High consumption of milk beverages is associated with poor skin condition and even forms of dermatitis including eczema.
Most commercial hair shampoos and other hair preparations contain chemicals that are not only associated with poor hair growth, but that can also contribute to skin allergies, and are known to have detrimental effects on the eyes. Ninety per cent of commercial shampoos contain undesirable chemicals, such as sodium lauryl sulphate and propylene glycol, which are associated with skin allergies and dermatitis, and dry skin has also been related to some of the detergent additives.
Many toothpastes and mouthwashes also contain chemicals that can contribute to poor skin and also allergies.
Table of Beneficial Nutritional Supplements
This information is offered as an introduction to supplements, herbs, foods and substances known to help with children between the ages of 9 - 13. This information is not a substitute for medical advice or treatment and it is suggested that sound advice is taken by an appropriately qualified practitioner.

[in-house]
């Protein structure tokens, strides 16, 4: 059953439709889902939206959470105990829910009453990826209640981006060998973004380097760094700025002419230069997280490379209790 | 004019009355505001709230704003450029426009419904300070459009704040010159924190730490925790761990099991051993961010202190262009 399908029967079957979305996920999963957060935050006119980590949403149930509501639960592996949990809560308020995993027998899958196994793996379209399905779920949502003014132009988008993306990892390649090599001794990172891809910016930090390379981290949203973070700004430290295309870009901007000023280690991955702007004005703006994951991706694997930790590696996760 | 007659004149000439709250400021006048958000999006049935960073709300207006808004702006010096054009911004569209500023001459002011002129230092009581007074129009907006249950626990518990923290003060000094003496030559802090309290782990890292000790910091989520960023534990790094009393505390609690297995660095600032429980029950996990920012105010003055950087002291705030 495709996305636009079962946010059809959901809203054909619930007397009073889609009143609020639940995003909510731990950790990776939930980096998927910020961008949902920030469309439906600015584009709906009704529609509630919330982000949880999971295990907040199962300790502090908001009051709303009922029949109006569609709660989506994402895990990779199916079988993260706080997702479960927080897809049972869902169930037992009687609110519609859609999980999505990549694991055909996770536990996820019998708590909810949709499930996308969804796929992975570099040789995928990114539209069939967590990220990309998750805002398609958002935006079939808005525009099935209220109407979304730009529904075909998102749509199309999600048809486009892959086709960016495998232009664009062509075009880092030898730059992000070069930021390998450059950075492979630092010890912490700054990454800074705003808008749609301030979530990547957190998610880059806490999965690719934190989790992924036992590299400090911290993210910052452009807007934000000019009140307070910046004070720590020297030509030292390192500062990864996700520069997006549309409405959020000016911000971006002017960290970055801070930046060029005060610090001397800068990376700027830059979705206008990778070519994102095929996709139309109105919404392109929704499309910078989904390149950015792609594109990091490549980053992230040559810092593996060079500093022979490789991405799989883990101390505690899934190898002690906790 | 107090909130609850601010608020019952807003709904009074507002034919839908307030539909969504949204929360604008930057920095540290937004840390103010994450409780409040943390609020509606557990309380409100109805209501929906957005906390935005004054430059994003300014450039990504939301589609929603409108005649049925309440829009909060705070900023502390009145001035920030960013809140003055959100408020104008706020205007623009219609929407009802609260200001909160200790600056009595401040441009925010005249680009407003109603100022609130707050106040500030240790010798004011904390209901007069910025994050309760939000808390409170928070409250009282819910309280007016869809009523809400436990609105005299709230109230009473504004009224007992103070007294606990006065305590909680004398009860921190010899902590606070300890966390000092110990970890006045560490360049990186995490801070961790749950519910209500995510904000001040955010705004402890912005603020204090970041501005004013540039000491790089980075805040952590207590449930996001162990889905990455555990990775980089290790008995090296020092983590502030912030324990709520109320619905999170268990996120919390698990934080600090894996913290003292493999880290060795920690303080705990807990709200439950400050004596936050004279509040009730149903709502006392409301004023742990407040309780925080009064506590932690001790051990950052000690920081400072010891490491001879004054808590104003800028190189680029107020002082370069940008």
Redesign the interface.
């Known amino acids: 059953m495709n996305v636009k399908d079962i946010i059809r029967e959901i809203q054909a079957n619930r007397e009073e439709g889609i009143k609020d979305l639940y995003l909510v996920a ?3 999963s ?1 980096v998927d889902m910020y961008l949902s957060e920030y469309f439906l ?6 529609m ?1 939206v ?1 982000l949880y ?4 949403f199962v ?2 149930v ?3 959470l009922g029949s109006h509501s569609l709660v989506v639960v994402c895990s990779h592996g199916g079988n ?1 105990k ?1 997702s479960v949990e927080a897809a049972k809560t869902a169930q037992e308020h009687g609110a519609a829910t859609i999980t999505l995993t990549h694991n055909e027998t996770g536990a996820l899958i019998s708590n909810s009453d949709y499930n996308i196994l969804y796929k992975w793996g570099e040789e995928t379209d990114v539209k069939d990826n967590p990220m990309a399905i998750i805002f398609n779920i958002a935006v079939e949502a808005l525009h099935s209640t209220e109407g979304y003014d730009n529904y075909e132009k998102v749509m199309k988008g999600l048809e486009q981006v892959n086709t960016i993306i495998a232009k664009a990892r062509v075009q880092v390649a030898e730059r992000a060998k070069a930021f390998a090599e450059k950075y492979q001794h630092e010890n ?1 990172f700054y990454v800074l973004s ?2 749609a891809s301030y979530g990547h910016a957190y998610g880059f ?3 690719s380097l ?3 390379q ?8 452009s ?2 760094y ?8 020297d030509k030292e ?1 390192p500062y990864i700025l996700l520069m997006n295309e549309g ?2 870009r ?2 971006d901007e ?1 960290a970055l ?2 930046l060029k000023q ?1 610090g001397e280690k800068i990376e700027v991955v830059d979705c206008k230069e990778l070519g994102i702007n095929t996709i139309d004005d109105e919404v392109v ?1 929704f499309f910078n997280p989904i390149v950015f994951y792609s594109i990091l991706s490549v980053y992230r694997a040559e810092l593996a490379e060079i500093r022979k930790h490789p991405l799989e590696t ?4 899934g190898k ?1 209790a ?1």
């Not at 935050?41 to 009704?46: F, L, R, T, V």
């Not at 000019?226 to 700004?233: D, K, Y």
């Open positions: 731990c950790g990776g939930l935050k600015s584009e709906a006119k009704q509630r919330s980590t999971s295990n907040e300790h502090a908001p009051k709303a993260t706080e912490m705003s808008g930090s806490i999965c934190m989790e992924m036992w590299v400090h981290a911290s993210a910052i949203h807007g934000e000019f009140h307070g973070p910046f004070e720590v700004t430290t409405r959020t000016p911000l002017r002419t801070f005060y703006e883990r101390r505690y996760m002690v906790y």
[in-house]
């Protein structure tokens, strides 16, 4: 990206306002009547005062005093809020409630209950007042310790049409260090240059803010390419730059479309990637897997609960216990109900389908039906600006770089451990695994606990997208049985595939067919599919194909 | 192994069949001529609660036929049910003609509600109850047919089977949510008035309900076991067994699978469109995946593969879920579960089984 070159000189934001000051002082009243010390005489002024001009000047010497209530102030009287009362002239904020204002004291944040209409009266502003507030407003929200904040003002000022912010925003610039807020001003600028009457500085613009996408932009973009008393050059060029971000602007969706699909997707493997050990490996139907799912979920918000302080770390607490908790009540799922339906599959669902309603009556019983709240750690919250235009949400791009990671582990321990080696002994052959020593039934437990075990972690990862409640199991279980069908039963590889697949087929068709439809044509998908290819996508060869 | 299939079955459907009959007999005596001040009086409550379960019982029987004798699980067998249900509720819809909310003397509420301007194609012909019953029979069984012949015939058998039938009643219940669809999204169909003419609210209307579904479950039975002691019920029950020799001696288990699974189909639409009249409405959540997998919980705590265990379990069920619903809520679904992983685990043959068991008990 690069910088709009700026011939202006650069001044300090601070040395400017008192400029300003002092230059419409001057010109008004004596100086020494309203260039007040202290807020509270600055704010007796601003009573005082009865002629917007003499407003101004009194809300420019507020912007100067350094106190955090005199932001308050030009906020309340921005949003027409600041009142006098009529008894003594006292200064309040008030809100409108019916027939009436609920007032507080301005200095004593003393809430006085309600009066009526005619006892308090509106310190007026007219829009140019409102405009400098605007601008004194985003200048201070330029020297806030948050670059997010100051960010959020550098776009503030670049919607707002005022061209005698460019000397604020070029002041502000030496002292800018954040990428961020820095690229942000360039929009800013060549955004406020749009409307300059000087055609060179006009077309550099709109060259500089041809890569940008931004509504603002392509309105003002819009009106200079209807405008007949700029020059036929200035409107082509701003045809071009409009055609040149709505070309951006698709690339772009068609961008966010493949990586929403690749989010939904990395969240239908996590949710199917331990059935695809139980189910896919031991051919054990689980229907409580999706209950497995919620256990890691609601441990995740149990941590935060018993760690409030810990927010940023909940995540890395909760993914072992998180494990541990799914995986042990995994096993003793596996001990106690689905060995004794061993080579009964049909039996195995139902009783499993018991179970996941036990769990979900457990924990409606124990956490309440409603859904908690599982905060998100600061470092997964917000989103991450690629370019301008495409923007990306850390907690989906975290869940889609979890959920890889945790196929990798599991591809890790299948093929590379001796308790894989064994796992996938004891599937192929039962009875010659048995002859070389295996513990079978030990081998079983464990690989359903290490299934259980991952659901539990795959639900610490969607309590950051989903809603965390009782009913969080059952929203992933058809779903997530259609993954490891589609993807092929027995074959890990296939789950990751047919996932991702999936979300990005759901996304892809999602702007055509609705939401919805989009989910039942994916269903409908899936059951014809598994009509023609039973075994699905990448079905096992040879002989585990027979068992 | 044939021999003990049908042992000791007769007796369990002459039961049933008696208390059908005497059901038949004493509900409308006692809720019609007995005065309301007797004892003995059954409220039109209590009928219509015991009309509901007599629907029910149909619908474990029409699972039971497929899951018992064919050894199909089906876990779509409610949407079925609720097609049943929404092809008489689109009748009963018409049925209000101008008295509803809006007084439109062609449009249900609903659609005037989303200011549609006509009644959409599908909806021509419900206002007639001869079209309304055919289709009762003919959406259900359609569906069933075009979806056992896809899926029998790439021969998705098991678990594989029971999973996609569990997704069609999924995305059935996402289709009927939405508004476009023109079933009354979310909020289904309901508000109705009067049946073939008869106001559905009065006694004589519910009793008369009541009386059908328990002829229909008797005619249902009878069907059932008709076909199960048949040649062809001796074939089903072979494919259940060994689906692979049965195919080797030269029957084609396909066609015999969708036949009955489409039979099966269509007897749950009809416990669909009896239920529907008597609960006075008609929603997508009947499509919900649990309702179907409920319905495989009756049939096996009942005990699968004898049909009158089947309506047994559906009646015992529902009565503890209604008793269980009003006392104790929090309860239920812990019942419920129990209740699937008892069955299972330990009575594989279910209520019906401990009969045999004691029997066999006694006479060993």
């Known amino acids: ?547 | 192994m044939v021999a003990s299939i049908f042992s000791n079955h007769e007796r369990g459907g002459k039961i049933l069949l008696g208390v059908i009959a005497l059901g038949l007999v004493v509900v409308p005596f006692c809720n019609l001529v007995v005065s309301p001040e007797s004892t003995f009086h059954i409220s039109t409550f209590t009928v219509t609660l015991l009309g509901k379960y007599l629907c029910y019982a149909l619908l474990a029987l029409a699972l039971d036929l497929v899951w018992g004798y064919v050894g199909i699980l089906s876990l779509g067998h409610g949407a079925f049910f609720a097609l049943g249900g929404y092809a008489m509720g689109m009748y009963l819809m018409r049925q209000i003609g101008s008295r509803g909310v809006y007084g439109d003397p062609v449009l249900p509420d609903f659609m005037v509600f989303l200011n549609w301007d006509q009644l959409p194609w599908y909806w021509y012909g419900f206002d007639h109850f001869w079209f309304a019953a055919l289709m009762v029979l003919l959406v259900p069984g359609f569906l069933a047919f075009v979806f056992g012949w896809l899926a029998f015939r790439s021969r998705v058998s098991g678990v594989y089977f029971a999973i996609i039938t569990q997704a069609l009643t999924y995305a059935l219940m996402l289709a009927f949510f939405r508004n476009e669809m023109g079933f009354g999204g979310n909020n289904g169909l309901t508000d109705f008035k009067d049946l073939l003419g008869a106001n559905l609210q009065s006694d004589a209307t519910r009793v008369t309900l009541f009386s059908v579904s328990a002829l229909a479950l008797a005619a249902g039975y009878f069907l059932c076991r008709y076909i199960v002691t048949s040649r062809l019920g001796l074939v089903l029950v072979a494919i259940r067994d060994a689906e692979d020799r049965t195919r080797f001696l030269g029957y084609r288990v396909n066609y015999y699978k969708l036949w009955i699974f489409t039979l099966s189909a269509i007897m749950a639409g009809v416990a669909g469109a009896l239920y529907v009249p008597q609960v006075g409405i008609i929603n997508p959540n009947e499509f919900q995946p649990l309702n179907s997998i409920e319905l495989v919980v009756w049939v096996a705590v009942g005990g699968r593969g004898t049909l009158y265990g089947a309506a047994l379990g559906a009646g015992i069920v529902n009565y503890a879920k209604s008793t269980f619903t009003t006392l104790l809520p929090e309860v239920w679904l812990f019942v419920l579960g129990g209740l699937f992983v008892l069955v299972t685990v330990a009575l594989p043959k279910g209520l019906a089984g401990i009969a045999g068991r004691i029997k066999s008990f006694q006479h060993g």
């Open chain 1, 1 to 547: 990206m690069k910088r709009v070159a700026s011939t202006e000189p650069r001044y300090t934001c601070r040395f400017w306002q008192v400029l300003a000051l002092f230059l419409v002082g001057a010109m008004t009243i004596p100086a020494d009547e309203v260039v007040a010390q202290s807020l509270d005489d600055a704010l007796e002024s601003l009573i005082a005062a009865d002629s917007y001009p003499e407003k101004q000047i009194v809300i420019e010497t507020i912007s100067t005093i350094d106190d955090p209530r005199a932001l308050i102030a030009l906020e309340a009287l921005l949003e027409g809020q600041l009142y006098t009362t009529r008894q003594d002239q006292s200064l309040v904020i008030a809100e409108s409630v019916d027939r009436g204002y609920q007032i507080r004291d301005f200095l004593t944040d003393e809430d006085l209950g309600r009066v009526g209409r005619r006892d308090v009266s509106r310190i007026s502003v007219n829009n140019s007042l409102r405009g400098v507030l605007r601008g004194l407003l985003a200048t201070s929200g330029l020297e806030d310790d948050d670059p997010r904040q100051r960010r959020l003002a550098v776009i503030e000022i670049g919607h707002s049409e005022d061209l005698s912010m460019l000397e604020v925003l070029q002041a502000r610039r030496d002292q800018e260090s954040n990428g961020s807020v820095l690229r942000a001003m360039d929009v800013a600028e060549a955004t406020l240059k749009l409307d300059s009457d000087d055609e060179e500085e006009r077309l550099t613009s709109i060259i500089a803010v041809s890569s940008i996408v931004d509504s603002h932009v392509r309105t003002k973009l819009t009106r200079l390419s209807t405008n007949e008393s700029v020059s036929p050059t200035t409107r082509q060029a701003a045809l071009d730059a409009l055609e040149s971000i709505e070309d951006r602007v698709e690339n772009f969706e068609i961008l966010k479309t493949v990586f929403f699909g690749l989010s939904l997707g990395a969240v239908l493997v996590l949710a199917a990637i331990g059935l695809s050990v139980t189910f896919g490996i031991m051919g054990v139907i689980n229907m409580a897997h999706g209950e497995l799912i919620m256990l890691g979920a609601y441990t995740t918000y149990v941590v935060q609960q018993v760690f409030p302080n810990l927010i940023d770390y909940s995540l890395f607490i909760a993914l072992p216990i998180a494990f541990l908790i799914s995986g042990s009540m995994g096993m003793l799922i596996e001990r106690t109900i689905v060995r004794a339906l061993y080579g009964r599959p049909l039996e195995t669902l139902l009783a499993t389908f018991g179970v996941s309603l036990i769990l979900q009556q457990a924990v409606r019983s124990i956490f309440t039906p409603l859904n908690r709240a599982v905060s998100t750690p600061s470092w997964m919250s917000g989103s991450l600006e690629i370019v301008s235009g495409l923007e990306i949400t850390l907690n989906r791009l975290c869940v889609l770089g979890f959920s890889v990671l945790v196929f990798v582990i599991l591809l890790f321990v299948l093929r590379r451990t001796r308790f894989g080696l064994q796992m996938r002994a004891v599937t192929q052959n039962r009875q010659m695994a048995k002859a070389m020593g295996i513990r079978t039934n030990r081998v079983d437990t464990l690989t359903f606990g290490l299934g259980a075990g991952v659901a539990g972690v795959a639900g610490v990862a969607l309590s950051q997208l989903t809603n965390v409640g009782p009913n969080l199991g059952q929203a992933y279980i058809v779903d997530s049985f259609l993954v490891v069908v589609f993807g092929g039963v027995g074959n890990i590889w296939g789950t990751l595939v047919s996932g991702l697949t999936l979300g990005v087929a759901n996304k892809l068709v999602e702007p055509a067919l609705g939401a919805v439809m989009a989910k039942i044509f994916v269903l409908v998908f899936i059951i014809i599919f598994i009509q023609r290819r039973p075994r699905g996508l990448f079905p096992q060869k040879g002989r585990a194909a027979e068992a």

SUPPLEMENT SUGGESTIONS FOR CHILDREN AGE 9 TO TEENS
|FIRST CHOICE SUPPLEMENTS
||1 twice daily
||5 days a week
||5 days a week
||5 days a week
||Essential Fatty Acid Complex
||5 days a week
||5 days a week
||5 days a week
||One month course
Cereal grains whole brown rice, barley, rye, buckwheat, oats, oatmeal
Vegetables sweet potato, cauliflower, broccoli, spinach, iceberg lettuce, cucumber, miso, soya bean tofu, beetroot, celery, parsnip, carrot, cucumber, turnip
Fruits freshly squeezed & diluted lemon juice, apples, dried figs, apricots, ripe bananas, avocado, blueberries, raisins, dates, olives
Legumes dried peas, soybeans, haricot beans, chick peas, butter beans, lentils, black beans, green peas
Teas, Herbs & Spices sarsaparilla, ginger, parsley, basil, green tea, turmeric, camomile, peppermint